Just like baby names, popular pet names come and go with trends fading in and out of fashion. You may have heard your dog’s name called out by another owner in the park, or spotted a puppy with the same name at training classes. We all take inspiration from our surroundings and sometimes, the most unlikely of places.
The most popular pet names of 2022 have been announced, and it’s likely you’ll be very familiar with a few. The new research, conducted by pet insurance provider ManyPets, examined 510,000 pet owners to narrow down the top 10 most popular – with the adorable name ‘Luna’ ranking in first place.
10 most popular pet names of 2022:
Brits admit to finding their inspiration for pet names from anywhere and everywhere – 14 percent said they prefer human names, such as Colin or Dave, while nine percent name their furry child after a celebrity.
Following the likes of Love Island’s Molly-Mae with her pets ‘Eggy’ and ‘Bread’, seven percent of owners take their pet’s name from the kitchen cupboard, opting for names such as Honey and Crumpet.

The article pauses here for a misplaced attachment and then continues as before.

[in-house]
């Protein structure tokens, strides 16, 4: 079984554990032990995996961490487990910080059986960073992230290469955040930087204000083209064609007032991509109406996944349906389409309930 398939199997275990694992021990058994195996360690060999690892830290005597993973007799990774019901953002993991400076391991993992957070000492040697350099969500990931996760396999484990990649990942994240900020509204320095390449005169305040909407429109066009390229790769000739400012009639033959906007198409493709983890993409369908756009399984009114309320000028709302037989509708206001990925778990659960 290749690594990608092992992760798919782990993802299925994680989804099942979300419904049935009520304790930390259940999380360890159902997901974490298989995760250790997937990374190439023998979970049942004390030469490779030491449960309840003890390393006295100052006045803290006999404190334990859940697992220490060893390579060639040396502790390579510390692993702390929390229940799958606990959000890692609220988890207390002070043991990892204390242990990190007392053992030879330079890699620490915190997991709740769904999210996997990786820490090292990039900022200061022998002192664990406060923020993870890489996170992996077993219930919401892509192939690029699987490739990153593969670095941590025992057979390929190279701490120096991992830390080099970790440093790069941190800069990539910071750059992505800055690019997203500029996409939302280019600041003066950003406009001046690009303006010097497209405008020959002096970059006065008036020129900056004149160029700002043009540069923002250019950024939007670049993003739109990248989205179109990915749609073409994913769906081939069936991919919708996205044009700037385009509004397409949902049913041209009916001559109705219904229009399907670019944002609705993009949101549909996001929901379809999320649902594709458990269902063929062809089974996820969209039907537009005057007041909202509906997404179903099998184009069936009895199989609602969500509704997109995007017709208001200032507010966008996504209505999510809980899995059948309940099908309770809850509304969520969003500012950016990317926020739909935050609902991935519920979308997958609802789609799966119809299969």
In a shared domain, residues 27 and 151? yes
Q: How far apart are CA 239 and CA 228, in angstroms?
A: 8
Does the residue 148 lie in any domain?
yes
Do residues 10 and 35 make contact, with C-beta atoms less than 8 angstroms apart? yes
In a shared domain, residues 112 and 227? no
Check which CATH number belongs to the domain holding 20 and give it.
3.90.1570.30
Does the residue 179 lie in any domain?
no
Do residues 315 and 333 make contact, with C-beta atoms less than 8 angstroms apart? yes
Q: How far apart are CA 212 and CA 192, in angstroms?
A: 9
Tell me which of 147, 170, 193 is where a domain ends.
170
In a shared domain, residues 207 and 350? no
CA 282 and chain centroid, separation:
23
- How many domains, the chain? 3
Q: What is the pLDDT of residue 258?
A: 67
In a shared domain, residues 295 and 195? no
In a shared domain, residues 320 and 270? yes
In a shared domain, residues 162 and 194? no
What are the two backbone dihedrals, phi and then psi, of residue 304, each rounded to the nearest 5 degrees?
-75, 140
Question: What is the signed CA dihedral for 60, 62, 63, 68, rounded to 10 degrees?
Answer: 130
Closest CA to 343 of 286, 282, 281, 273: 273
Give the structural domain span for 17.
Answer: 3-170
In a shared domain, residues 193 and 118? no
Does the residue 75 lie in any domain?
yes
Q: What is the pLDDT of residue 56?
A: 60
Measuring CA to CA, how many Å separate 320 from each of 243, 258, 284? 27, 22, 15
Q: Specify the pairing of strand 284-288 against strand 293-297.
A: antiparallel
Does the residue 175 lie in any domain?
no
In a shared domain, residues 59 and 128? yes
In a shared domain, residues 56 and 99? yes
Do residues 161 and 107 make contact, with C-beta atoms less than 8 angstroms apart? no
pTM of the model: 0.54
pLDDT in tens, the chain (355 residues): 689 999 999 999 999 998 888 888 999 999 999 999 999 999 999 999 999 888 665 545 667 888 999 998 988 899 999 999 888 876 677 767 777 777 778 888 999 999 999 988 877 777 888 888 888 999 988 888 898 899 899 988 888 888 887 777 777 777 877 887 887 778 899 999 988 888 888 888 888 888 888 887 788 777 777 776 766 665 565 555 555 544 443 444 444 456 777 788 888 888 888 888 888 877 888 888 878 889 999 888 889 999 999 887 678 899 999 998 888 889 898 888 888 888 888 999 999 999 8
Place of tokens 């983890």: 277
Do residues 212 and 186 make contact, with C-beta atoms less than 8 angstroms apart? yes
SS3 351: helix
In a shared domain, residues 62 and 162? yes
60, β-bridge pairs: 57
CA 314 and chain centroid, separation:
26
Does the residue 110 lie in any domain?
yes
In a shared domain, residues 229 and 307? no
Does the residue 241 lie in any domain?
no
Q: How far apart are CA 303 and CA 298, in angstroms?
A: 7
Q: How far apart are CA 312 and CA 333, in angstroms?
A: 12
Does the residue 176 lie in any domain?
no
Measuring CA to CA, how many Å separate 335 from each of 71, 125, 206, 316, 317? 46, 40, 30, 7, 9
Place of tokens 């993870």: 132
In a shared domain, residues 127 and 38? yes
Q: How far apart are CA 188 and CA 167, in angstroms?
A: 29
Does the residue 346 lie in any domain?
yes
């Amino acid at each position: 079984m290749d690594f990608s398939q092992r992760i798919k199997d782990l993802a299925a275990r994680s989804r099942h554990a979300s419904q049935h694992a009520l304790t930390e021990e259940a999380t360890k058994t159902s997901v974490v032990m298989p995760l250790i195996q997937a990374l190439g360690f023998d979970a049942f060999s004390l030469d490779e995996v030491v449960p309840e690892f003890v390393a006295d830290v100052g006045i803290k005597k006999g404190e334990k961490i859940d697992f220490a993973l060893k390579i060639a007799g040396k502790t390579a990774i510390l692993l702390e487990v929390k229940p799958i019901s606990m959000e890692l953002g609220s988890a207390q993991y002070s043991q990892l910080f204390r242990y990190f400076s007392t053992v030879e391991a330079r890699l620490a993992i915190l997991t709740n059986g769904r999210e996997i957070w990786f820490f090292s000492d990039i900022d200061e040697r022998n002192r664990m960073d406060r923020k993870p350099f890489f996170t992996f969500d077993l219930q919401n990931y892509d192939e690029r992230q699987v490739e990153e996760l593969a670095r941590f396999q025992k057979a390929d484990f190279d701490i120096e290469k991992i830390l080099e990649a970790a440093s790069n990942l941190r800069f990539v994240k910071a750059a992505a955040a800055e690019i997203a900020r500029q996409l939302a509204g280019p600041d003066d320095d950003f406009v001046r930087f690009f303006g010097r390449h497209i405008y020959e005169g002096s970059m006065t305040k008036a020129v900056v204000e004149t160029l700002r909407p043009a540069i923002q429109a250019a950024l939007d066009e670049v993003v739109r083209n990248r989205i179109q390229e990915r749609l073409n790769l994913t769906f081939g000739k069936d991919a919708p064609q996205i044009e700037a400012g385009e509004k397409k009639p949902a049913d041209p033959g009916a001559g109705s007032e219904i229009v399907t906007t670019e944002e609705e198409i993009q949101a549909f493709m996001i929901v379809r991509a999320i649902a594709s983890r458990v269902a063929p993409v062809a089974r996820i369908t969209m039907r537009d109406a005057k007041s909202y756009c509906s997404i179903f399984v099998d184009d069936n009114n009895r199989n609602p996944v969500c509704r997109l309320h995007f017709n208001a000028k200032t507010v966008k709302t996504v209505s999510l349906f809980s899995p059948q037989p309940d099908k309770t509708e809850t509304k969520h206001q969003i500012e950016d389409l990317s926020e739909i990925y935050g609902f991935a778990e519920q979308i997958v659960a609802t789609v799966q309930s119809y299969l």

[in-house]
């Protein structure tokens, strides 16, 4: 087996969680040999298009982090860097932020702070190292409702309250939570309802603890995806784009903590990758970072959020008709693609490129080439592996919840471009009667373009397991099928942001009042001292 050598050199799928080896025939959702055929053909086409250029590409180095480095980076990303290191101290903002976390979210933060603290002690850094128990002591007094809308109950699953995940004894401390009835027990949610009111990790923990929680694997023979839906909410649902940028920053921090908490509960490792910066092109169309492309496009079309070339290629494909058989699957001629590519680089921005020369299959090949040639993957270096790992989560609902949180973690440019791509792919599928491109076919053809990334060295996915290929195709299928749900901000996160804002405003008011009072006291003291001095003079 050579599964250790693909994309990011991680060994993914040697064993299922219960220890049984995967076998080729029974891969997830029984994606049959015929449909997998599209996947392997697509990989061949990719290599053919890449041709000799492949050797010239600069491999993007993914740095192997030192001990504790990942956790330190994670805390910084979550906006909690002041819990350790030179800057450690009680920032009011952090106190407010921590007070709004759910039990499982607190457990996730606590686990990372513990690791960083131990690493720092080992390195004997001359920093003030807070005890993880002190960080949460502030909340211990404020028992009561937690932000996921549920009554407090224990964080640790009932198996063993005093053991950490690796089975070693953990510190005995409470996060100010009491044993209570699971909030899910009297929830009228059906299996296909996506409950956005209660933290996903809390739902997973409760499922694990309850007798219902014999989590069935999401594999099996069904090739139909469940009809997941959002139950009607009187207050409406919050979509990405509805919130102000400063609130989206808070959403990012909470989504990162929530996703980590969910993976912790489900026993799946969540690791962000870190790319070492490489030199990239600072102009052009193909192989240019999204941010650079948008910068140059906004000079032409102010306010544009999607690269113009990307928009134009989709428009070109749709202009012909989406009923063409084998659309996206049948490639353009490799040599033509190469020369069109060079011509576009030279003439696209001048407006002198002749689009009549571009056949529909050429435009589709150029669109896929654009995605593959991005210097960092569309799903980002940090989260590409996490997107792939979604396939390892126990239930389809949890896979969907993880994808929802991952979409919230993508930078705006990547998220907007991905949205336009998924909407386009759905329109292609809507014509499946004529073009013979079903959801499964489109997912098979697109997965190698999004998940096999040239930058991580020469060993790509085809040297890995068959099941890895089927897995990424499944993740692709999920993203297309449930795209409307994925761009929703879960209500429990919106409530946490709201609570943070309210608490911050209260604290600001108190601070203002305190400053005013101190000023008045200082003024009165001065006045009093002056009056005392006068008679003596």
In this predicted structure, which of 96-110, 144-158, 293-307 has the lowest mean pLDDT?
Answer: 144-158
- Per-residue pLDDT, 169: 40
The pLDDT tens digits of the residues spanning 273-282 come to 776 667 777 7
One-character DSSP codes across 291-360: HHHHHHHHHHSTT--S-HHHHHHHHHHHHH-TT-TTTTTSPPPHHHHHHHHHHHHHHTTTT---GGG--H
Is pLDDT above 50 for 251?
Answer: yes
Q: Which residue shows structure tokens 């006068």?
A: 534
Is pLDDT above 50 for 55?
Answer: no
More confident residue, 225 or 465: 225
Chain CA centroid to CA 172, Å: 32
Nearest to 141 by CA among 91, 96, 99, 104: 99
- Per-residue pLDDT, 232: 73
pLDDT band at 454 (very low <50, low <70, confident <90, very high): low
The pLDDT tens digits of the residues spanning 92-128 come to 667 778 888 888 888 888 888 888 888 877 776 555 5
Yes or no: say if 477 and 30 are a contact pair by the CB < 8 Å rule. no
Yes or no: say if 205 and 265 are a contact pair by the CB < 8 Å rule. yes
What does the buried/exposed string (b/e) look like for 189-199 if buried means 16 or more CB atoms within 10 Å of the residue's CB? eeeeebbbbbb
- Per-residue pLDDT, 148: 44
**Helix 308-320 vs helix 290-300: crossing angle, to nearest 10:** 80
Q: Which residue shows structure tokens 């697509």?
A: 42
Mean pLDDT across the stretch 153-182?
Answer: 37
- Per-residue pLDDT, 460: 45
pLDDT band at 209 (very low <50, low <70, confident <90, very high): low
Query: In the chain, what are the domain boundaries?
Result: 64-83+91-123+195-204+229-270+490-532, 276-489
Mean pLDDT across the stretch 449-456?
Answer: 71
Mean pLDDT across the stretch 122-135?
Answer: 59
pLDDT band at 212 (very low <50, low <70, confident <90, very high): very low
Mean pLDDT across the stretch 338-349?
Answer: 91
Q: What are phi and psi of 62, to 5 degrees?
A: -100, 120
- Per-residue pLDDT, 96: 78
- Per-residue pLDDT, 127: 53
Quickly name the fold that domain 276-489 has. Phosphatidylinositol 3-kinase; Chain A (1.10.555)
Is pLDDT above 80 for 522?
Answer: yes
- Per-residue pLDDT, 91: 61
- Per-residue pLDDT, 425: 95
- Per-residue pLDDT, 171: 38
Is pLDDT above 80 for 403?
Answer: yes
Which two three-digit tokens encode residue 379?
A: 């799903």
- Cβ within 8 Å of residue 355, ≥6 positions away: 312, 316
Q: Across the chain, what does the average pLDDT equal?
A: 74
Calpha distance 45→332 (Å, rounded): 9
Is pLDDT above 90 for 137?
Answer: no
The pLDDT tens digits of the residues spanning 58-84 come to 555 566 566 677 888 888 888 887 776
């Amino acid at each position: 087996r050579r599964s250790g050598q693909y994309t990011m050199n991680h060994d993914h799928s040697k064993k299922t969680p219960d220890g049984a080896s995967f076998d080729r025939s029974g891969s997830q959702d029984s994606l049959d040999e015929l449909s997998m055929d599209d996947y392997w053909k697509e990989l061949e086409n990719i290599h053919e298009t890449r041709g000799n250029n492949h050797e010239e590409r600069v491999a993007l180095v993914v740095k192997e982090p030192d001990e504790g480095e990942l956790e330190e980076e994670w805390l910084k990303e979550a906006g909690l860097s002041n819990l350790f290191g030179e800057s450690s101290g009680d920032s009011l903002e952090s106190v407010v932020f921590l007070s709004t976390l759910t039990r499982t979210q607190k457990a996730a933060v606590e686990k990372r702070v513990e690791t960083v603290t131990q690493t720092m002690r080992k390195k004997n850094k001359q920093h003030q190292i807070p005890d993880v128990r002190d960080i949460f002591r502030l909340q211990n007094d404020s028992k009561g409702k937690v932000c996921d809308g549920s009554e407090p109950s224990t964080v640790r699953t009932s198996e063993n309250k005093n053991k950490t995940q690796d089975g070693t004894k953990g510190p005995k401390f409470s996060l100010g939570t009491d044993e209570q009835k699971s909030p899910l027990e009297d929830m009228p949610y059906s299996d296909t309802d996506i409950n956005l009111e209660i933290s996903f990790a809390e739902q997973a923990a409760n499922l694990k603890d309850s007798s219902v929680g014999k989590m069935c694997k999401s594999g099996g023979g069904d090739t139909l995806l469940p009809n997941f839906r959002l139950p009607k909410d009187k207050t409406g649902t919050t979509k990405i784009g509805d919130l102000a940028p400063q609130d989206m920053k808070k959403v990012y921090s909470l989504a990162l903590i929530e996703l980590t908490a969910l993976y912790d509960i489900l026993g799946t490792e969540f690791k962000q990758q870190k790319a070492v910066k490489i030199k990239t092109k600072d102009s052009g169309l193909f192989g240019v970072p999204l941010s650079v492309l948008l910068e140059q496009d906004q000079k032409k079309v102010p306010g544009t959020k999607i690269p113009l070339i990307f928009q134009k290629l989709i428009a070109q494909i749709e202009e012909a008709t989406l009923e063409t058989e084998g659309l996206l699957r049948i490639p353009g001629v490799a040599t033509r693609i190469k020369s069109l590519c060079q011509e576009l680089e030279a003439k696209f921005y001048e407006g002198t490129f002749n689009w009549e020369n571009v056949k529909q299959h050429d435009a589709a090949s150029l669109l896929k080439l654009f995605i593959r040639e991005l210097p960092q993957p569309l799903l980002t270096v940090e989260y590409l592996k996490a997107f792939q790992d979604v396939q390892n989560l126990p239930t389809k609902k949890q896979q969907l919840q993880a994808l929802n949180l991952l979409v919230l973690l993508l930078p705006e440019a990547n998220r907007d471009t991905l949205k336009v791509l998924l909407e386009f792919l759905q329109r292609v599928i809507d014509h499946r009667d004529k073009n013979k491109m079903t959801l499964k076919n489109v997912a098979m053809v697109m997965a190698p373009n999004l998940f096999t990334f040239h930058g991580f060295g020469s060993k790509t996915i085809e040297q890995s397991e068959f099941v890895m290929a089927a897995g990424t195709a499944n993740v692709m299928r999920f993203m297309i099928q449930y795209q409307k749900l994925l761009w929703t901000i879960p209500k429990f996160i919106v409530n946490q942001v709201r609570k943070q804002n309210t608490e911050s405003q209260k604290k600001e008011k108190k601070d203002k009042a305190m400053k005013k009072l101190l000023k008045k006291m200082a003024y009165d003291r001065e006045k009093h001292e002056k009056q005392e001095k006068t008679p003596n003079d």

As well as narrowing down the most popular names, the data also revealed the most popular breed of 2022.
With historical owner data showing the Labrador steadily in the top two since 2017, it comes as no surprise that two thirds favour traditional breeds over designer cross pups.
10 most popular dog breeds of 2022:
- Labrador retriever
- Cocker spaniel
- French bulldog
- Golden retriever
- German shepherd
- Staffordshire bull terrier
- Border collie
Two in five Brits choose their dog’s breed based on their appearance, while 38 percent look for breeds with a history of good behaviour, and 34 percent look for dogs known to be good with children.
A quarter also said that associated health conditions are a key consideration in the buying process.
Cost is also an important influence, as one in five say this plays a vital role in the final decision.
Luckily, data revealed an average 18 percent decrease in puppy prices since the lockdown boom in 2021, with Jack Russell costing the cheapest at £685 on average.
Oke Eleazu, CEO of ManyPets, said: “Like baby names, choosing the name of a beloved pooch is a decision that takes careful consideration, and is often influenced by the latest trends, films, celebrities or even our favourite foods.
“It is fascinating to see how names gain popularity and the growing trend of picking human names over traditional pet names. It shows just how much our pets are part of the family.
“Our tip is to think of a name that has one or two-syllables in it. A name that’s longer will be harder for your pup to recognise. And many people think about how the name will sound when shouting it across the park!”